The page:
WNBA Stars Embrace WNBA Cares Events
In celebration of the WNBA’s 16th season, the league, its teams and its players will give back to their communities with special events and activities throughout the country. During the week of May 11, WNBA teams will join community members and partners in an effort to support health, education, and environmental awareness programs.
From Washington, DC to Los Angeles to Minnesota, WNBA teams all over are embracing WNBA Cares Week. Here's a glimpse of what this initiative means to some of the players and teams involved.
The WNBA Champion Minnesota Lynx, including 2011 Rookie of the Year Maya Moore, will host a Reading Timeout at Elizabeth Hall International.
Maya Moore greets a patient of the Wounded Warriors as part of
the 2011 WNBA Cares Community Caravan in Houston.
D. Clarke Evans/NBAE via Getty Images
For 2011 WNBA Finals MVP Seimone Augustus of the Lynx, participating in WNBA Cares events is personal.
“I can remember when I was young, we didn’t have celebrities or athletes come to our neighborhood and tell us how important it is to be fit and healthy and eat well,” remembered Augustus. “For these kids to see their favorite player, someone they saw on the TV, it can have an impact, like ‘Wow, I just saw this lady on TV and now here she is talking to me, showing me how to be bigger, stronger and faster and to work hard for my goals.”
Augustus, a native of Louisiana, also extolled the virtue of getting out into various communities in Minnesota.
“These events are to benefit the communities, that is the priority,” said Augustus. “But it also opens up doors for us players, who may not have been to Minnesota prior to our playing career. Through these events I’ve been to Minneapolis, of course, where we play, but also to suburban areas, urban areas and rural areas of Minnesota and that has helped me connect with our fans. And one thing about people from all those different areas, Minnesotans are a loving, passionate people, and they love their Lynx and it’s great for me to be able to show that love back. We love them too.”
Candace Parker interacts with fans.
NBAE via Getty Images
For the team’s star forward Candace Parker, working with the Jenesse Center to help these women strikes a personal chord with her.
“Last year helping out really hit home for me, being a new mom, by seeing what they do to empower women,” she said. “This has always been a great experience for me and I admire these women and relate to them now in wanting to protect your loved ones.”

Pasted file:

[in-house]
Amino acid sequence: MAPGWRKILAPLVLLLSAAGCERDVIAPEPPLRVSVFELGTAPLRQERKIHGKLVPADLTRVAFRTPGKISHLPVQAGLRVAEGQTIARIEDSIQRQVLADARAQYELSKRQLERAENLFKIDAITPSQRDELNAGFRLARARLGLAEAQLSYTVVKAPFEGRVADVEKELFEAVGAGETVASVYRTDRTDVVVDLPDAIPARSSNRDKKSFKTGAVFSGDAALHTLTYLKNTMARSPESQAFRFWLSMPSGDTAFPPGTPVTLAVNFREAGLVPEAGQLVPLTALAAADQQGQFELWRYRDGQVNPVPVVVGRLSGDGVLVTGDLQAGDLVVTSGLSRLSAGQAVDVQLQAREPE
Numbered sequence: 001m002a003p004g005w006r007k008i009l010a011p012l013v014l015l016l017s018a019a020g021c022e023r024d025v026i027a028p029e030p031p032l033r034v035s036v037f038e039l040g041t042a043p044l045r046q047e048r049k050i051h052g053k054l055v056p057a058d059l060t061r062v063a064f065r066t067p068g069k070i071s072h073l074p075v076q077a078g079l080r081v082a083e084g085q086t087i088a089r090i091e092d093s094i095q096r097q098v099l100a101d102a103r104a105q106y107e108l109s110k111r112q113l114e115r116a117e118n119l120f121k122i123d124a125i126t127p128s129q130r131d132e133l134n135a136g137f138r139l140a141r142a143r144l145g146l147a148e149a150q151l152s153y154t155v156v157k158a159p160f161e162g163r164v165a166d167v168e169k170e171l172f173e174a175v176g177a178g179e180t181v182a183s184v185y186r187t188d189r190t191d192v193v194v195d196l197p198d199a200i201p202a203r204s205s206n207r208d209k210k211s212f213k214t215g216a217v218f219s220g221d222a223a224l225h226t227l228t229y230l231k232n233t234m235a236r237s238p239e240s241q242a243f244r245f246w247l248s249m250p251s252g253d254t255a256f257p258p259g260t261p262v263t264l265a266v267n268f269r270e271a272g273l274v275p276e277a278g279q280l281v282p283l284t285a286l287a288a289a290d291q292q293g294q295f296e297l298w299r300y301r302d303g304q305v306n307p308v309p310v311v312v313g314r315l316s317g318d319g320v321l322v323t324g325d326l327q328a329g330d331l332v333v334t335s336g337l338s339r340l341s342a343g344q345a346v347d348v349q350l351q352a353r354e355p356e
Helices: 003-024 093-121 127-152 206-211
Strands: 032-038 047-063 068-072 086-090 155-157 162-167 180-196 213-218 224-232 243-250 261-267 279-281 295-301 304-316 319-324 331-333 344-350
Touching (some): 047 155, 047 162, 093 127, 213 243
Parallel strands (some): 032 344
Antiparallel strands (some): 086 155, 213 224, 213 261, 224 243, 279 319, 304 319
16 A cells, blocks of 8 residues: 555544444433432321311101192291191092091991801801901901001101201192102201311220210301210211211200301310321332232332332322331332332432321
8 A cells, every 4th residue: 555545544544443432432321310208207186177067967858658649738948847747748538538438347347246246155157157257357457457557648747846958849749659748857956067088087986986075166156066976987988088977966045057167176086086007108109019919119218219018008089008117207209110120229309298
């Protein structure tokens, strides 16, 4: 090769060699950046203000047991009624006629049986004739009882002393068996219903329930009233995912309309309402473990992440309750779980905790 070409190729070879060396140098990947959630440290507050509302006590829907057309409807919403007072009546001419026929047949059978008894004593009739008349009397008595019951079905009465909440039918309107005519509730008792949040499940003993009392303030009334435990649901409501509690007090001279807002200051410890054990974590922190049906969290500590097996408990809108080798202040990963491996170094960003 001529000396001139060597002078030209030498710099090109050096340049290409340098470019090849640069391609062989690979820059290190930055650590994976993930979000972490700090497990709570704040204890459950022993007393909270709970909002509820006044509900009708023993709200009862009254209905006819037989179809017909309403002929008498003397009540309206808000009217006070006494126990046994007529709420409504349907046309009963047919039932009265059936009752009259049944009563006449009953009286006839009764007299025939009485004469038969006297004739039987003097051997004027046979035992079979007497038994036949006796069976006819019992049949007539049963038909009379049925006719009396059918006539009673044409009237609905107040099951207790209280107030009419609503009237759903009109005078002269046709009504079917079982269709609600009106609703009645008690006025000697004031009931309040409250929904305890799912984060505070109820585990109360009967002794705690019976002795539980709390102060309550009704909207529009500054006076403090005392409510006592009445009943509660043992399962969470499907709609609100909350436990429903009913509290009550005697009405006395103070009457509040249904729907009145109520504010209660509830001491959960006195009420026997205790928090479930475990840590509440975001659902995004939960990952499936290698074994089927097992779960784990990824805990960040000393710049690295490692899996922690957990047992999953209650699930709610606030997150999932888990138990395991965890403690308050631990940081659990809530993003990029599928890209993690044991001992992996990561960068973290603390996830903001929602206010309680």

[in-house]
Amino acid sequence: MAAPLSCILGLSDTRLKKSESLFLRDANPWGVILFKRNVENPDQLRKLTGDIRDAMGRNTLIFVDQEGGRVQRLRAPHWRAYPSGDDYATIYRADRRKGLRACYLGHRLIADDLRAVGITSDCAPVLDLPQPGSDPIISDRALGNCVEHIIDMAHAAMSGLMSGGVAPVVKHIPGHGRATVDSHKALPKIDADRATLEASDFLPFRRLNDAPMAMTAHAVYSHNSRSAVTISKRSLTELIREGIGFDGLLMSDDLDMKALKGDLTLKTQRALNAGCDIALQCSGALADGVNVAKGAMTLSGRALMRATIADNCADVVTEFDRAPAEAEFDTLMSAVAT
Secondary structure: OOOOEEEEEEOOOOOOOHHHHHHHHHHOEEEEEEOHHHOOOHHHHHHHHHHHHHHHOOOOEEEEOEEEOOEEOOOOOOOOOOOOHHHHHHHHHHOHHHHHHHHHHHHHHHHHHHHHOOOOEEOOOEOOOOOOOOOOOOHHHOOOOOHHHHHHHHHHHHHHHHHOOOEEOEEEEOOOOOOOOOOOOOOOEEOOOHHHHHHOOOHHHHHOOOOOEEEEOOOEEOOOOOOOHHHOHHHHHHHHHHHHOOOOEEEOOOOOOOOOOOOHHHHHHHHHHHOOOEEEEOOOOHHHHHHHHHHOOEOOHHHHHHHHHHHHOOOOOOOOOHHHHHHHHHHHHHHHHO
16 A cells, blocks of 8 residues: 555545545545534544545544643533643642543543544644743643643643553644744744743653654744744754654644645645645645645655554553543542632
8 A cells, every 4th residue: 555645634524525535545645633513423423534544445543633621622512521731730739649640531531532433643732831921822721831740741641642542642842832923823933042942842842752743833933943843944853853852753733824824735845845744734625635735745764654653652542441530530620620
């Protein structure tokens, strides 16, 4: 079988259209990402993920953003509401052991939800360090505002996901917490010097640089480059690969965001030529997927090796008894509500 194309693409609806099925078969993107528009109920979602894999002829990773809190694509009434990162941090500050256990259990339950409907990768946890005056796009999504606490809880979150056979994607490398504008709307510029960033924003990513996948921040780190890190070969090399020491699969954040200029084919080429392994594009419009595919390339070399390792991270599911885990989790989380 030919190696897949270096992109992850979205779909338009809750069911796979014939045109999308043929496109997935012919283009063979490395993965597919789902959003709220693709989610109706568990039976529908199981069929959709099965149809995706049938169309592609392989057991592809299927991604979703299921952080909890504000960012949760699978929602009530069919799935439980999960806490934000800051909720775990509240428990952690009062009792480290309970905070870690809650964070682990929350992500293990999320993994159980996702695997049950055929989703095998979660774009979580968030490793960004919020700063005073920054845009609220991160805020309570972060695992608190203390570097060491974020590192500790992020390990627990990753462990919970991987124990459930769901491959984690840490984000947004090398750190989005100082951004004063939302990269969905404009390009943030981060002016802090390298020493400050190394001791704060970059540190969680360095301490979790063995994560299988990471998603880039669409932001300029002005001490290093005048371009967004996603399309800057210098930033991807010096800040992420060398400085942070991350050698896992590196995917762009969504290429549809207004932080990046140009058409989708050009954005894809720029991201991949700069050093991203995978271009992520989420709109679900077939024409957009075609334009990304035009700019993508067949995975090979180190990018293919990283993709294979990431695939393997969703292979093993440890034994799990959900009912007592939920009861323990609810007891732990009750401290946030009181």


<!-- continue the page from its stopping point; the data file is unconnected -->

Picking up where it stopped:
Last year Parker helped spruce up a nursery at the shelter by cleaning the carpet. Getting involved with simple efforts like this can go a long way, she said.
“I know as a mom I’m not okay if my kids aren’t okay,” she said. “I felt more empowered to help that nursery because I hope these mothers can feel like their children are now in a safe place.”
The Washington Mystics are going into their fifth year running a girl’s summer basketball league by partnering with Washington D.C.’s Parks and Recreation Department. The Mystics will also host basketball clinics for boys and girls with their Dreams for Kids program.
Ashley Robinson of the Washington Mystics and Briann January
of the Indiana Fever participate during 'Play' 2012 NBA
Cares Day of Service as part of All-Star Weekend.
Bruce Yeung/NBAE via Getty Images
“We’re giving these kids a chance to touch, feel and see WNBA players,” she said. “For the girls, it gives them the chance to believe and dream that one day, they can be right there next to us doing what we do. For the boys, it lets them meet women’s basketball players and give them a sense of respect for women’s basketball.”
She added if it weren’t for WNBA events like these, she wouldn’t be where she is today.
“I played in summer leagues and I am a product of what happens when you get exposed to the WNBA as a kid,” Robinson said. “I was 14 years old and I started dreaming. To give other kids that dream, it’s a nice to give them that opportunity too.”
Reaching out to youth with these events help paves the way for future WNBA stars - something Robinson said wasn’t possible until recent years.
“It’s great now for little girls, they now have the WNBA to strive to be in,” she said. “My mother didn’t have that dream. Even some of the WNBA players weren’t able to get into the league until they were in their 30s.”